John Colt

Year inducted: 2008
1925-1999

Son of artist Arthur Colt who operated his own art school in Madison for decades, John Colt earned his individual reputation during the 33 years he served as professor of art at UW Milwaukee. In a 1999 Journal Sentinel article Bruce Pepich, Director of the Racine Art Museum and Wustum Museum said that John was “One of the three most important living Wisconsin artists.” John’s paintings, drawings, and prints have been exhibited in countless shows at such venues as the Art Institute of Chicago, Library of Congress, and the Walker Art Center in Minneapolis and placed in such collections as the Whitney Museum in New York City. Twice his paintings were purchased through awards from the Ford Foundation. He served in the U.S. Navy from 1943-1946 as an electrician on a submarine in the South Pacific, after which he earned a bachelor's degree in art education and a master's in art at UW-Madison. Throughout his productive life John’s painting style evolved from one of abstract but solid renderings of the natural world to evanescent interpretations of the ephemeral in nature. He searched tide pools, roadsides and the unnoticed small natural vignettes where he sketched ideas for future paintings. His work has been said to concern itself with growth and metamorphosis in which he examined countless small living creatures who share this planet with us . . . life forms that humans often ignore and abuse. As critic James Auer said, “Many fine contemporary artists, skilled both as observers and as reporters, are content to paint the world as they know it. John Colt is different: he has painted the world that will survive us.”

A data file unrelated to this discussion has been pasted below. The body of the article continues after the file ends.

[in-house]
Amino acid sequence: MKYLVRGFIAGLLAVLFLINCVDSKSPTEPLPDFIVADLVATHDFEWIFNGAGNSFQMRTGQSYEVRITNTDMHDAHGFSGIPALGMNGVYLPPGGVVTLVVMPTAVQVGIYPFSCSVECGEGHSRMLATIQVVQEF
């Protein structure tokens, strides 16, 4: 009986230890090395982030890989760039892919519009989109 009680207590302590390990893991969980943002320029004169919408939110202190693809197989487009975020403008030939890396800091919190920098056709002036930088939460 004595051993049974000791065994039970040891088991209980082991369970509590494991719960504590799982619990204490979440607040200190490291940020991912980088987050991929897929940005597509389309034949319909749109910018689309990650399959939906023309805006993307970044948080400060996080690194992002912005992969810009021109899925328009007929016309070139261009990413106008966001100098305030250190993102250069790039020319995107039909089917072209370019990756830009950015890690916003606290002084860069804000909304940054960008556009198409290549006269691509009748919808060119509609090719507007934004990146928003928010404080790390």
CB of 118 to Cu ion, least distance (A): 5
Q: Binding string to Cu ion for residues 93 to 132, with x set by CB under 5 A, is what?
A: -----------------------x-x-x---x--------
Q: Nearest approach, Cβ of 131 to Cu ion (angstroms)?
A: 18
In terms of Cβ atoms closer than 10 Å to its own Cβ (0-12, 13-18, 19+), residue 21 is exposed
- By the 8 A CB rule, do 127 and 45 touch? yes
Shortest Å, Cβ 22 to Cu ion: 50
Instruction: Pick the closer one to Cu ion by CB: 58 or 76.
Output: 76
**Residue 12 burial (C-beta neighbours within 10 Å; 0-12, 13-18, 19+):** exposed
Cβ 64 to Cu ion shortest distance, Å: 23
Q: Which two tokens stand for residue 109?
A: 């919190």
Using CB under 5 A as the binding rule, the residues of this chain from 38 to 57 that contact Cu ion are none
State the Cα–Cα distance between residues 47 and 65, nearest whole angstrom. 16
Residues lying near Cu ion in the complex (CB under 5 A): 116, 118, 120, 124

Works by John Colt